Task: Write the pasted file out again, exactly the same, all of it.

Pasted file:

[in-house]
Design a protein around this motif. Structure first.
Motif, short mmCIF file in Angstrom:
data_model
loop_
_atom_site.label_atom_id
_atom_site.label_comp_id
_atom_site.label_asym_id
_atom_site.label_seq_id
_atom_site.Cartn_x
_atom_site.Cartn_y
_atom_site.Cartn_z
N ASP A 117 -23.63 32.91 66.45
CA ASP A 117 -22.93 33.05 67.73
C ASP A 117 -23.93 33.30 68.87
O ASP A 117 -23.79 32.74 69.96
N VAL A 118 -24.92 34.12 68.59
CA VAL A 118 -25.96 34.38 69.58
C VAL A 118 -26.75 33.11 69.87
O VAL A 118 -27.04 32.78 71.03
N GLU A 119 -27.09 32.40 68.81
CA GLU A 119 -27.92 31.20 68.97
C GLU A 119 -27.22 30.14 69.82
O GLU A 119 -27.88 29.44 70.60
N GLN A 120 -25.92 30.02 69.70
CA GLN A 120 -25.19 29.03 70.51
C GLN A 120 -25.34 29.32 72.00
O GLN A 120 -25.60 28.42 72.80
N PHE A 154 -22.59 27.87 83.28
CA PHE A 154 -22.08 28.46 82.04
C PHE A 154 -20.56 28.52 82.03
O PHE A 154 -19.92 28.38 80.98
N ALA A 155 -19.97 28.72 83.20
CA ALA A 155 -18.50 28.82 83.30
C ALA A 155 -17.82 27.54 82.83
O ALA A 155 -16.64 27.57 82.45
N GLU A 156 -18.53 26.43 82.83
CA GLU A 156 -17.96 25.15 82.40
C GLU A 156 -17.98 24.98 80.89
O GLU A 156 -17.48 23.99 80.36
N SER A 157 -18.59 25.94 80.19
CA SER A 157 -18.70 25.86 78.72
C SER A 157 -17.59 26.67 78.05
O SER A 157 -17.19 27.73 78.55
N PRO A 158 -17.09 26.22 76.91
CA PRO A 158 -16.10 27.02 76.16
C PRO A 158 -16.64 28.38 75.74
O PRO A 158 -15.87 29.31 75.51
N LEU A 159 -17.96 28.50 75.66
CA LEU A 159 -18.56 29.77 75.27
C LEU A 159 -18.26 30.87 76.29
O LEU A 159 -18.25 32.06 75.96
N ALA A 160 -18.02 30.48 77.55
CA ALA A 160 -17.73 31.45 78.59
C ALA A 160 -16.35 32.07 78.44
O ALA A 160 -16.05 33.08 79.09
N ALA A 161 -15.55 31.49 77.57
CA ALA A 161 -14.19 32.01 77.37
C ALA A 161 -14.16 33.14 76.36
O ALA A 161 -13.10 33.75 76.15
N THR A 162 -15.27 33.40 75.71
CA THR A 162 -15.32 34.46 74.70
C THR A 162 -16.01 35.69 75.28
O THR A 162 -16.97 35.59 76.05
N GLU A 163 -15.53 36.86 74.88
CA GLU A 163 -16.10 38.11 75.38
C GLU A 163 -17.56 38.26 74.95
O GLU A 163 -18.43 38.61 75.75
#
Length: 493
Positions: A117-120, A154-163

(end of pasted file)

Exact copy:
[in-house]
Design a protein around this motif. Structure first.
Motif, short mmCIF file in Angstrom:
data_model
loop_
_atom_site.label_atom_id
_atom_site.label_comp_id
_atom_site.label_asym_id
_atom_site.label_seq_id
_atom_site.Cartn_x
_atom_site.Cartn_y
_atom_site.Cartn_z
N ASP A 117 -23.63 32.91 66.45
CA ASP A 117 -22.93 33.05 67.73
C ASP A 117 -23.93 33.30 68.87
O ASP A 117 -23.79 32.74 69.96
N VAL A 118 -24.92 34.12 68.59
CA VAL A 118 -25.96 34.38 69.58
C VAL A 118 -26.75 33.11 69.87
O VAL A 118 -27.04 32.78 71.03
N GLU A 119 -27.09 32.40 68.81
CA GLU A 119 -27.92 31.20 68.97
C GLU A 119 -27.22 30.14 69.82
O GLU A 119 -27.88 29.44 70.60
N GLN A 120 -25.92 30.02 69.70
CA GLN A 120 -25.19 29.03 70.51
C GLN A 120 -25.34 29.32 72.00
O GLN A 120 -25.60 28.42 72.80
N PHE A 154 -22.59 27.87 83.28
CA PHE A 154 -22.08 28.46 82.04
C PHE A 154 -20.56 28.52 82.03
O PHE A 154 -19.92 28.38 80.98
N ALA A 155 -19.97 28.72 83.20
CA ALA A 155 -18.50 28.82 83.30
C ALA A 155 -17.82 27.54 82.83
O ALA A 155 -16.64 27.57 82.45
N GLU A 156 -18.53 26.43 82.83
CA GLU A 156 -17.96 25.15 82.40
C GLU A 156 -17.98 24.98 80.89
O GLU A 156 -17.48 23.99 80.36
N SER A 157 -18.59 25.94 80.19
CA SER A 157 -18.70 25.86 78.72
C SER A 157 -17.59 26.67 78.05
O SER A 157 -17.19 27.73 78.55
N PRO A 158 -17.09 26.22 76.91
CA PRO A 158 -16.10 27.02 76.16
C PRO A 158 -16.64 28.38 75.74
O PRO A 158 -15.87 29.31 75.51
N LEU A 159 -17.96 28.50 75.66
CA LEU A 159 -18.56 29.77 75.27
C LEU A 159 -18.26 30.87 76.29
O LEU A 159 -18.25 32.06 75.96
N ALA A 160 -18.02 30.48 77.55
CA ALA A 160 -17.73 31.45 78.59
C ALA A 160 -16.35 32.07 78.44
O ALA A 160 -16.05 33.08 79.09
N ALA A 161 -15.55 31.49 77.57
CA ALA A 161 -14.19 32.01 77.37
C ALA A 161 -14.16 33.14 76.36
O ALA A 161 -13.10 33.75 76.15
N THR A 162 -15.27 33.40 75.71
CA THR A 162 -15.32 34.46 74.70
C THR A 162 -16.01 35.69 75.28
O THR A 162 -16.97 35.59 76.05
N GLU A 163 -15.53 36.86 74.88
CA GLU A 163 -16.10 38.11 75.38
C GLU A 163 -17.56 38.26 74.95
O GLU A 163 -18.43 38.61 75.75
#
Length: 493
Positions: A117-120, A154-163